We also tried two non-Kodansha series. The first one is Dive!, which is like if they decided they really wanted to do Yuri on Ice!!, but show more skin like in Free!, but show even more skin than that because the Free! boys weren't naked enough. So it's kind of ridiculous, and the first episode with its constant breaks to explain how diving works and various other info dumps was kind of annoying. But we gave it another chance, because, as you may have guessed, our favorite voice actor plays the lead. The second episode was more interesting, so we'll probably watch at least one more episode, time permitting.

And finally, of course we have to watch Saiyuki Reload Blast! It's Saiyuki! Saiyuki was our thing for years. It's kind of hard watching it subtitled, though, because as if we weren't critical of subtitles enough for titles we weren't possessive of. As usual, the Saiyuki anime isn't as good as the manga, but it's still nice to hang out with Sanzo and the gang. (I decided we all need a better translation for Sanzo Ikkou than "Sanzo party," but I don't have the energy to come up with one.) And this will be a good reminder to translate volume two of the manga if we ever have free time and don't feel overworked. Or maybe we'll give up and just read it.

And that's all the anime we've been watching. I'm kind of interested in watching Token Ranbu, too, but we'll see.

Also! we actually had time for video games, too, so we started Melissa's story in KamiAso IF, and he has more energy than the first three guys combined, so we're enjoying it a lot more. Not that we didn't like the other guys (although I had mixed feelings about Akira), just that when we're playing visual novels and we're tired, we're kind of likely to fall asleep if there's not enough stimulation. But that is not a problem with Melissa.

Today I'm thankful for getting to sample so much anime this season, finally getting to do Melissa's story, finishing our Nekogahara translation, getting to see my hummingbird, and getting to sleep in tomorrow.
15th-Jul-2017 03:30 am (UTC)
That reminds me. I occasionally write for a feminist webzine called *Sequential Tart* (it's supposed to be a pun on "sequential art"--the original editor-in-chief was British), and every year the individual staff members are encouraged to come up with what we call the Tartie Awards. These are frequently for various improbable one-off made-up categories, such as the Tartie Award for Most Undeservedly Difficult to See Anime of the Current Simulcast Season, which I awarded to "Kabukibu!" (We had to turn in our awards write-ups before summer season started.)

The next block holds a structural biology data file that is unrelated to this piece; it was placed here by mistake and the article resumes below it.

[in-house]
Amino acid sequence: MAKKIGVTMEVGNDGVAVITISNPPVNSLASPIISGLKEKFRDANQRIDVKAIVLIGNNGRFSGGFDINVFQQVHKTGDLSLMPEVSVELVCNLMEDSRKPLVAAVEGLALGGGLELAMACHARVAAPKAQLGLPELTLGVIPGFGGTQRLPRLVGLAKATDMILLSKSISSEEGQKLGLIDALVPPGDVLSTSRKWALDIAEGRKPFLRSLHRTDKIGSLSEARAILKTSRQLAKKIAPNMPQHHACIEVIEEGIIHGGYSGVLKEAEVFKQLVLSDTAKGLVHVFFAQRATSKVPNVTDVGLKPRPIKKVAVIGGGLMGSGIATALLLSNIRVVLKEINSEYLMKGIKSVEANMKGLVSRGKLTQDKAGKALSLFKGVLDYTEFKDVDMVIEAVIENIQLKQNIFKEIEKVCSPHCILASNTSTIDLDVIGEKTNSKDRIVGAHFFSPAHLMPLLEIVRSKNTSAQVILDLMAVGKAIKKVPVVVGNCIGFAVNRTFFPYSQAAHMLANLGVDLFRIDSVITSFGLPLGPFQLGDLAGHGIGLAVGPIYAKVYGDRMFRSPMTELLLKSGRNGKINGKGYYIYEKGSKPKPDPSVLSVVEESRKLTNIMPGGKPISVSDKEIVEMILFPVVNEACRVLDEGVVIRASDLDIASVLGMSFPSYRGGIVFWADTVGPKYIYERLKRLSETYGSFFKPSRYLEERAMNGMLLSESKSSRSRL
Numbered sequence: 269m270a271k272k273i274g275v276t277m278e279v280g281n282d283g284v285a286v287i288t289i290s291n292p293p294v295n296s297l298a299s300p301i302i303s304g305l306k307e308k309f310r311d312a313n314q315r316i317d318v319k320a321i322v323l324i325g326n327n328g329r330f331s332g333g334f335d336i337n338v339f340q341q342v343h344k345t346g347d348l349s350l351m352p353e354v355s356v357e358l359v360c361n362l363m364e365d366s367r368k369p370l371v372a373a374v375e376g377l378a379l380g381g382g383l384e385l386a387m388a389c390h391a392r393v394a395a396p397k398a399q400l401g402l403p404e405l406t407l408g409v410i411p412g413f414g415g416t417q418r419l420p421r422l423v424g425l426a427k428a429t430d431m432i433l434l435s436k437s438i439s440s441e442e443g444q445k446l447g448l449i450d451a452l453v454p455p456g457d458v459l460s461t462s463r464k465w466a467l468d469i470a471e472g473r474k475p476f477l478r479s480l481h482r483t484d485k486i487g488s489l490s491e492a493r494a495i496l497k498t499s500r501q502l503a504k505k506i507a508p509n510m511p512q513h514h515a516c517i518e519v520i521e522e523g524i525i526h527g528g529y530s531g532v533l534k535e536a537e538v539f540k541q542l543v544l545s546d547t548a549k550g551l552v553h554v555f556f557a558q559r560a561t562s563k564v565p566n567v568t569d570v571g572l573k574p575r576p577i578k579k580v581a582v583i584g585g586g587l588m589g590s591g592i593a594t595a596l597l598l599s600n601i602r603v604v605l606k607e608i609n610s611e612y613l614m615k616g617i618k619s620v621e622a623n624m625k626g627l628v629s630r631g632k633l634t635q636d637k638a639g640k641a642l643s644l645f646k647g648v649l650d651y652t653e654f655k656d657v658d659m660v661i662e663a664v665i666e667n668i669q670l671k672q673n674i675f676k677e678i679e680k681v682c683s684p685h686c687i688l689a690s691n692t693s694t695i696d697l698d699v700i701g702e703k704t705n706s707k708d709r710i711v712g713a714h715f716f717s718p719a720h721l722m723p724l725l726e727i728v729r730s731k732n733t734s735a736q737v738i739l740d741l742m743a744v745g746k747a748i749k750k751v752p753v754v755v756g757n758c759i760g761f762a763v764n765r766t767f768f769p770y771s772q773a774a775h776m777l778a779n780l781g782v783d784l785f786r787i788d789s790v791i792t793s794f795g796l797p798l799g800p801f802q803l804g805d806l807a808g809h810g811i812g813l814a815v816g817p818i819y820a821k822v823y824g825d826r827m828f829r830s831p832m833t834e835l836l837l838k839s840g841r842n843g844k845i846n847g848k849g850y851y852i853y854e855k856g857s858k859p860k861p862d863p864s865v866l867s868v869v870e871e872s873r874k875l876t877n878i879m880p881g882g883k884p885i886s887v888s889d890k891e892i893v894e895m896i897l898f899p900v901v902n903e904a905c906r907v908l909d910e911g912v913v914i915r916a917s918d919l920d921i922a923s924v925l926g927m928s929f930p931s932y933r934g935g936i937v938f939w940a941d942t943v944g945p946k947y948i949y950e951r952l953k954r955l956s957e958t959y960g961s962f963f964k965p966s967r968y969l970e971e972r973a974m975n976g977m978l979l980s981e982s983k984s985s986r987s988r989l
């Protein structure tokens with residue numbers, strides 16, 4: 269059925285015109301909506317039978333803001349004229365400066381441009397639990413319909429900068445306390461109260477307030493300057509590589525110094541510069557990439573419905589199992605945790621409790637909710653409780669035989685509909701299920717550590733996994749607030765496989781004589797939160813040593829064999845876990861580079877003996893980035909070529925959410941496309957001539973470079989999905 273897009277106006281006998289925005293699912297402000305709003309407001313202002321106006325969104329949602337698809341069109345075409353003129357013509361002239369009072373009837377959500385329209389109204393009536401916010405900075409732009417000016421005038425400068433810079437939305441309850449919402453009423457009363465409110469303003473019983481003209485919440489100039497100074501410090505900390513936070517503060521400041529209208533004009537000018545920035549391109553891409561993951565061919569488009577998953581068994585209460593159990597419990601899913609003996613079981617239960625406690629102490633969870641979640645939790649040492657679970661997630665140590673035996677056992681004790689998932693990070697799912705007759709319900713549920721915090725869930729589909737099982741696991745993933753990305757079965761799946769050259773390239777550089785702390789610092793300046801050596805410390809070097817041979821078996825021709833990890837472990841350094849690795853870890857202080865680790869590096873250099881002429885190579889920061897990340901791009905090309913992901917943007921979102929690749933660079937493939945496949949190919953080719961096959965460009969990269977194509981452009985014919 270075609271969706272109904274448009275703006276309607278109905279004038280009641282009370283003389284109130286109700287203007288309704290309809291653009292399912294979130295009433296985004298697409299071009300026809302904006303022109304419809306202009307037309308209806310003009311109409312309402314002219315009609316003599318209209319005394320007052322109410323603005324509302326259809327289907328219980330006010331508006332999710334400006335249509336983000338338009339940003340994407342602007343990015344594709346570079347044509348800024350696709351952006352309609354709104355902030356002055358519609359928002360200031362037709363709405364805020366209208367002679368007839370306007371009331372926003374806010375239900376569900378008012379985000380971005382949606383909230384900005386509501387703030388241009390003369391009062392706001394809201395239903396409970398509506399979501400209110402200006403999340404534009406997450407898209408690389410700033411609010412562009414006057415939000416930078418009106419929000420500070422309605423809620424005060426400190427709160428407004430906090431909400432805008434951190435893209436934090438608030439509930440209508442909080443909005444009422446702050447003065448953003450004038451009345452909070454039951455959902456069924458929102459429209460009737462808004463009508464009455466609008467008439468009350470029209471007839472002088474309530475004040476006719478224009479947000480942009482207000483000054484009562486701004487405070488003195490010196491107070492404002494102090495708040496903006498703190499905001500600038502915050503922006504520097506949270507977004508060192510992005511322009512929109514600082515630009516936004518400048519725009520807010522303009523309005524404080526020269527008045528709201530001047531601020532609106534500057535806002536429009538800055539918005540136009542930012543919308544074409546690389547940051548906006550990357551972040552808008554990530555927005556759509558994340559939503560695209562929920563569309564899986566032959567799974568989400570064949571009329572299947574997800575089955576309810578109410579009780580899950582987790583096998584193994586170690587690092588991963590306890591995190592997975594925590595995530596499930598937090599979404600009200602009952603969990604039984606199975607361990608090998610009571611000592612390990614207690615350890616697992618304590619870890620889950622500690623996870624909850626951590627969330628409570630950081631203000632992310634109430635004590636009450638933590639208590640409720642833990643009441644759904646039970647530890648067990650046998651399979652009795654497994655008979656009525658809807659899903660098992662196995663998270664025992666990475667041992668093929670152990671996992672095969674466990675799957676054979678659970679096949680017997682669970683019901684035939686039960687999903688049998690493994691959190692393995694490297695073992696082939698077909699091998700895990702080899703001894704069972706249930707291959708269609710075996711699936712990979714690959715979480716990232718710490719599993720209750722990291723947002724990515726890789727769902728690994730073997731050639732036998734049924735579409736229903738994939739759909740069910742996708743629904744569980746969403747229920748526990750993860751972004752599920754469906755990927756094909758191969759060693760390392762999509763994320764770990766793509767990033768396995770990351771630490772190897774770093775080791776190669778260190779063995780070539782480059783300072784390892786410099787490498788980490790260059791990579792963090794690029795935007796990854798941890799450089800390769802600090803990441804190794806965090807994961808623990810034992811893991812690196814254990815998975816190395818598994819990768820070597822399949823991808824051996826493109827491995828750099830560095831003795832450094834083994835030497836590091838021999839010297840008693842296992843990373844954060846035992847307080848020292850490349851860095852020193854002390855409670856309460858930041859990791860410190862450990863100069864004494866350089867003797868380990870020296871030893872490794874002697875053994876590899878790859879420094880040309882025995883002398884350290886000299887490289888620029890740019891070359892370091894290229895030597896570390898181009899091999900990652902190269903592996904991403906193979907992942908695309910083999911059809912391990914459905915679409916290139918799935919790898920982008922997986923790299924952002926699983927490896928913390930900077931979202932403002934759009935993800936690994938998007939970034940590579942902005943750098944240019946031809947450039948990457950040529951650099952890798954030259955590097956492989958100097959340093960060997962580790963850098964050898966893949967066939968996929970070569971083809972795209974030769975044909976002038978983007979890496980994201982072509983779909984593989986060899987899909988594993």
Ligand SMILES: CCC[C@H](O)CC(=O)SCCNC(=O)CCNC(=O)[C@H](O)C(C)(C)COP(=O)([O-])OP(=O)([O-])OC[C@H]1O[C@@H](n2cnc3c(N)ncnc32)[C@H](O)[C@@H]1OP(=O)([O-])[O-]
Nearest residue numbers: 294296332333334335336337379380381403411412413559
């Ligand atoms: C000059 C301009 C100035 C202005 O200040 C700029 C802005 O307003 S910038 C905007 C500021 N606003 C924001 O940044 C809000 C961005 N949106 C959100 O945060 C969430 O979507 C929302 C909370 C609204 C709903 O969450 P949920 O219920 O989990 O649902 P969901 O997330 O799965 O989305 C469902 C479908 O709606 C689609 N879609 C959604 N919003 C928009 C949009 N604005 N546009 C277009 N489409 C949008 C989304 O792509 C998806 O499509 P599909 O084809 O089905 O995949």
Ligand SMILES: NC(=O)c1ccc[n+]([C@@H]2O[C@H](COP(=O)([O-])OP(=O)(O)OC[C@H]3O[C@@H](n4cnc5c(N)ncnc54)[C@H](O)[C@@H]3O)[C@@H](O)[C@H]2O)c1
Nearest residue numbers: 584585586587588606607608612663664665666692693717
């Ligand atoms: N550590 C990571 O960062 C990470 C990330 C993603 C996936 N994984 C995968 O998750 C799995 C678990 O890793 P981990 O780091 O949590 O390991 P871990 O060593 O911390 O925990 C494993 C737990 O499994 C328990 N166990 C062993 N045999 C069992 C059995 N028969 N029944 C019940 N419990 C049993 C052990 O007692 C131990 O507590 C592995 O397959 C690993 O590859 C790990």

Anyway, the full list of awards is supposed to be posted on the zine's website, www.sequentialtart.com, sometime in July, in honor of convention season. Actually, it looks as if this year the editors are trying to sort of synchronize it with San Diego Comic-Con, because the Tarties article still hasn't gone up yet. (*Tart* is technically a weekly and posts new material every Monday.) So presumably they'll post the piece on either the Monday before Comic-Con (i.e., July 17th) or the Monday immediately after it (July 24th).

*Tart* isn't a particularly high-profile publication, and due to the infernal Anime Strike double paywall, the award probably won't accomplish much beyond making a few additional people aware of what they're missing. (I actually liked "Kabukibu!" enough that I'm hoping that somebody will pick up the license for the original light novel series. Ironically, if that happened, even if the resulting translations were digital-only they'd probably be more accessible to a larger number of people than if a hypothetical second series of the anime got picked up by Anime Strike.) But I figured you'd want to know about the award in any case.


15th-Jul-2017 09:26 pm (UTC)
Aww, yay, Kabukibu! got an award! I feel like I should say thanks, but I don't think our subtitles are what did it. Maybe people will want to buy it if Sentai releases it on DVD. Anime Strike really isn't that much of an investment if you already have Amazon Prime, but I guess there are fewer anime fans who subscribe to that than I think.

I have mixed feelings about the idea of licensing the light novels, because on the one hand, we would want to translate them because we're a little possessive, but on the other hand we wouldn't want to translate them because prose is a nightmare even without kabuki in it. But if it happened, we'd probably just ignore it anyway, so it would probably be better for most people if they did get an English release.